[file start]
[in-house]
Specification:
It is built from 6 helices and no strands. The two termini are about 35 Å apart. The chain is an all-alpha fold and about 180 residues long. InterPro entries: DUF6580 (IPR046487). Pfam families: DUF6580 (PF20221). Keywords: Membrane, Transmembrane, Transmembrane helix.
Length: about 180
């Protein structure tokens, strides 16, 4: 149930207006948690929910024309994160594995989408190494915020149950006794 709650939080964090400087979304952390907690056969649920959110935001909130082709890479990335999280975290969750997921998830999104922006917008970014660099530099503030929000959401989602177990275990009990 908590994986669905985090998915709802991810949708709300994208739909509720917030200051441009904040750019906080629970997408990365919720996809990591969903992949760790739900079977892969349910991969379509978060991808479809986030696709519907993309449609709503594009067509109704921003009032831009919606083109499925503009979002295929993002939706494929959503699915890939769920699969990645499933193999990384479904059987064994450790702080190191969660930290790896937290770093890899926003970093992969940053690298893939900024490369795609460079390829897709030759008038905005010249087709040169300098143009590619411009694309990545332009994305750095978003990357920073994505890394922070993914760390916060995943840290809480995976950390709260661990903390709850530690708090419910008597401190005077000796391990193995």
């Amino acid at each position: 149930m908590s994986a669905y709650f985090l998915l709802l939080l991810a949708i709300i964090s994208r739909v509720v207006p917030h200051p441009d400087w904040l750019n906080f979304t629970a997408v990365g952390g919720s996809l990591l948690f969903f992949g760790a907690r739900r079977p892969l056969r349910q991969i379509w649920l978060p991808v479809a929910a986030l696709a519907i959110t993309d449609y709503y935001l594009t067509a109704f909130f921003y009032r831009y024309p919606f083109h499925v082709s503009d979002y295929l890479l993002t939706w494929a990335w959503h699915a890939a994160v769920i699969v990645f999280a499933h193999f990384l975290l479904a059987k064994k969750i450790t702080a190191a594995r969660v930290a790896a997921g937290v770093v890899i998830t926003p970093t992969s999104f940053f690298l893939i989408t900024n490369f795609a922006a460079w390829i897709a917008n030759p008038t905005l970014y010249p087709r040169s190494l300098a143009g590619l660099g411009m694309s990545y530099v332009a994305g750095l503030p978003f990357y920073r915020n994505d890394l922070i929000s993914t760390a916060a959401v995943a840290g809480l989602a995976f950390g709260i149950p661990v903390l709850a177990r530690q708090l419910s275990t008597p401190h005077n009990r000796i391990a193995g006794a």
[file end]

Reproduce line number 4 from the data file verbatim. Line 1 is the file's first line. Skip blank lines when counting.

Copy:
Length: about 180